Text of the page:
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Synopsis: As indigenous peoples in Latin America have achieved greater prominence and power, international agencies have attempted to incorporate the agendas of indigenous movements into development policymaking and project implementation. Transnational networks and policies centered on ethnically aware development paradigms have emerged with the goal of supporting indigenous cultures while enabling indigenous peoples to access the ostensible benefits of economic globalization and institutionalized participation. Focused on Bolivia and Ecuador, Indigenous Development in the Andes is a nuanced examination of the complexities involved in designing and executing “culturally appropriate” development agendas. Robert Andolina, Nina Laurie, and Sarah A. Radcliffe illuminate a web of relations among indigenous villagers, social movement leaders, government officials, NGO workers, and staff of multilateral agencies such as the World Bank.
The authors argue that this reconfiguration of development policy and practice permits Ecuadorian and Bolivian indigenous groups to renegotiate their relationship to development as subjects who contribute and participate. Yet it also recasts indigenous peoples and their cultures as objects of intervention and largely fails to address fundamental concerns of indigenous movements, including racism, national inequalities, and international dependencies. Andean indigenous peoples are less marginalized, but they face ongoing dilemmas of identity and agency as their fields of action cross national boundaries and overlap with powerful institutions. Focusing on the encounters of indigenous peoples with international development as they negotiate issues related to land, water, professionalization, and gender, Indigenous Development in the Andes offers a comprehensive analysis of the diverse consequences of neoliberal development, and it underscores crucial questions about globalization, governance, cultural identity, and social movements.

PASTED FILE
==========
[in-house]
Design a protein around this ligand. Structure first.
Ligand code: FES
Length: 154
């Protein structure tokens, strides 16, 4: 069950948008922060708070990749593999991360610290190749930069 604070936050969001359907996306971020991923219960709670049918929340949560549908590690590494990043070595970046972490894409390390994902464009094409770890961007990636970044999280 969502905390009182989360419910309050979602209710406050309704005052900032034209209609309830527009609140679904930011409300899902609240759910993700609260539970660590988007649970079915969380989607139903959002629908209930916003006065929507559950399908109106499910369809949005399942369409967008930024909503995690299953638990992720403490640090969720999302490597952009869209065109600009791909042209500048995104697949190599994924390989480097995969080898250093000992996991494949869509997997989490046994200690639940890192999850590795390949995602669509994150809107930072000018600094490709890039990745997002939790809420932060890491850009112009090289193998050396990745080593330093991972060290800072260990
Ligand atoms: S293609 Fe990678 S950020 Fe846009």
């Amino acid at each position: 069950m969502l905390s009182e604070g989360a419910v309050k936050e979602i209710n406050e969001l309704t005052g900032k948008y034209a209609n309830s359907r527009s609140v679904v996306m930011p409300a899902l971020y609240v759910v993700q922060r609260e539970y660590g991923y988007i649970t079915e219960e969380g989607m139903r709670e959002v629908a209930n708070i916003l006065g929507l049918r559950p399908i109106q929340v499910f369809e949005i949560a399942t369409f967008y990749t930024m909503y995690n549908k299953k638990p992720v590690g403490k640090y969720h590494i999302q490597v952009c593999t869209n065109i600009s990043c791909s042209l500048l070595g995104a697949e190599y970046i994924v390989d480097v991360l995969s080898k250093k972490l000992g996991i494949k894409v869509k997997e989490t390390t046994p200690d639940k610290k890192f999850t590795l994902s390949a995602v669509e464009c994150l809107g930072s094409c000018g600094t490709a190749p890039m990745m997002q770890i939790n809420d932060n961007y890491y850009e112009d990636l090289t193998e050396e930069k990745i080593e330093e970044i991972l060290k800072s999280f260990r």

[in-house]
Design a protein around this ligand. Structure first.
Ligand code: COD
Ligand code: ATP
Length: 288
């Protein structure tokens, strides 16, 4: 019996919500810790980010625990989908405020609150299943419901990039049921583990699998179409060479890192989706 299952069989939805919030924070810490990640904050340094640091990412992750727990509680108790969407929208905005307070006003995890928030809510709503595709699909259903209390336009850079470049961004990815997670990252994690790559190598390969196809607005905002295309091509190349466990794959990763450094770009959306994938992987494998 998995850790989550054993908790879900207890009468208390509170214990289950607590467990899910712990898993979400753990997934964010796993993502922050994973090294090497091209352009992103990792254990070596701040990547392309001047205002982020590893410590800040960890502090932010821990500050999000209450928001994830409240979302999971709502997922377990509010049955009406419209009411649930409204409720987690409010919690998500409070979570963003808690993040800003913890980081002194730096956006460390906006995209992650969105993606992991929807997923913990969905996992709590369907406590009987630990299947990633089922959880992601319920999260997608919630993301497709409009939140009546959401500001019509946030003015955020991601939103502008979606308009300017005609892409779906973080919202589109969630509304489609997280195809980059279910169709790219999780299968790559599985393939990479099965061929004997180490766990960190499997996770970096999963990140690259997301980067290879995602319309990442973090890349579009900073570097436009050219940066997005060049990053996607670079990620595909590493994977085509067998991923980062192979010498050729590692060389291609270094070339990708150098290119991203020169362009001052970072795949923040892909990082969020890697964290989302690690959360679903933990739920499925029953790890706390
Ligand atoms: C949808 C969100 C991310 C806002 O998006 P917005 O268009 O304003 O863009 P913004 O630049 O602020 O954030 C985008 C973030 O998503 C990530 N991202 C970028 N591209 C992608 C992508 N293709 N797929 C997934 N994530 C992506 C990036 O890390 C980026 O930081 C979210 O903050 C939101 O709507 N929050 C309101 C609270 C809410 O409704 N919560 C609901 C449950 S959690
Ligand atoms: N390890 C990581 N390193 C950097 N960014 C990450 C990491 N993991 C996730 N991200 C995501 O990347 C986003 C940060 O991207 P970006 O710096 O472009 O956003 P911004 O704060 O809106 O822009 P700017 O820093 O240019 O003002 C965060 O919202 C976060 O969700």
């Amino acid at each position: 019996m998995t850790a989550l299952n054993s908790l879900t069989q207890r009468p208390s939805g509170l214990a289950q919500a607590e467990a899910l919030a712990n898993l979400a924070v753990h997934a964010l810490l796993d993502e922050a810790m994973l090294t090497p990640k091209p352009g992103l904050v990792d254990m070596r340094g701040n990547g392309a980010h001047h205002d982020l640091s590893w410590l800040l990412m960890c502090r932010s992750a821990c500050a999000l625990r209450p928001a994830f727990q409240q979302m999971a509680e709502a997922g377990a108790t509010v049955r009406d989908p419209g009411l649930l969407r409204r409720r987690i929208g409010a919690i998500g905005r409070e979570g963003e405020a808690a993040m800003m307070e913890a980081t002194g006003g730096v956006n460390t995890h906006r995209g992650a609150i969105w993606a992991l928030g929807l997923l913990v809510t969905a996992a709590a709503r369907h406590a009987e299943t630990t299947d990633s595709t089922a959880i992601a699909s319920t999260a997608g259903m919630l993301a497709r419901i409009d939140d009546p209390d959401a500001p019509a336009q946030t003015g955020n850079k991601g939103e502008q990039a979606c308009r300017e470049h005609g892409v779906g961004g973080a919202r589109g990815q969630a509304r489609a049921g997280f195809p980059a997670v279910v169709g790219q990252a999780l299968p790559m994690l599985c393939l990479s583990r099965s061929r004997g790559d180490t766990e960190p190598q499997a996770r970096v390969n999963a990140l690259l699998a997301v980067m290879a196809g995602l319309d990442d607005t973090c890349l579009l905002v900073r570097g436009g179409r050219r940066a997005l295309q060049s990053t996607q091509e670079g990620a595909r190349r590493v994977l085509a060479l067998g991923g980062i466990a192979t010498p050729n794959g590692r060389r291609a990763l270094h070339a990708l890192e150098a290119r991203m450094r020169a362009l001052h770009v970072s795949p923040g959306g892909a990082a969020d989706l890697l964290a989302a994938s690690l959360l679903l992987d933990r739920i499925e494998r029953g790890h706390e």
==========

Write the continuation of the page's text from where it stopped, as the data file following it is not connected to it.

From the Back Cover: "This is an important book that all social scientists working in the Andes and Amazonia will want to own, read, and re-read for the complex and nuanced arguments that the authors make. Robert Andolina, Nina Laurie and Sarah A. Radcliffe do a wonderful job of tacking between the everyday of indigenous political practice and the arguments about culture, identity, and development that go on inside development agencies. They explore both the spaces opened, and those closed down, by ethnically-aware approaches to development, and in doing so give a reading of neoliberalism in practice that is among the most careful and ethnographically insightful yet published. This is a book that is at once conceptually brave and empirically grounded and has manifold implications for how to think about development--not just in the Andes, but way beyond."--Anthony Bebbington, University of Manchester
Title: Indigenous Development in the Andes: Culture...
Publisher: Duke University Press Books
Publication Date: 2009
Book Condition: Used: Good
Book Description Duke University Press. Book Condition: New. Brand New. Bookseller Inventory # 0822345234
Book Description Duke University Press Books, 2009. Hardcover. Book Condition: Used: Good. Bookseller Inventory # SONG0822345234
Book Description Duke University Press Books. Hardcover. Book Condition: Very Good. 0822345234 Crisp, clean, unread hardcover with light shelfwear, missing dust jacket and a publisher's mark to one edge - Nice!. Bookseller Inventory # Z0822345234Z2
Book Description Duke University Press Books. Hardcover. Book Condition: Good. 0822345234 Crisp, clean, unread and unmarked hardcover with light shelfwear to the boards (no dust jacket), remainder mark to one edge - NICE!. Bookseller Inventory # Z0822345234Z3
Book Description Book Condition: Good. Indigenous Development in the Andes: Culture, Power, and Transnationalism. Bookseller Inventory # SKU0135156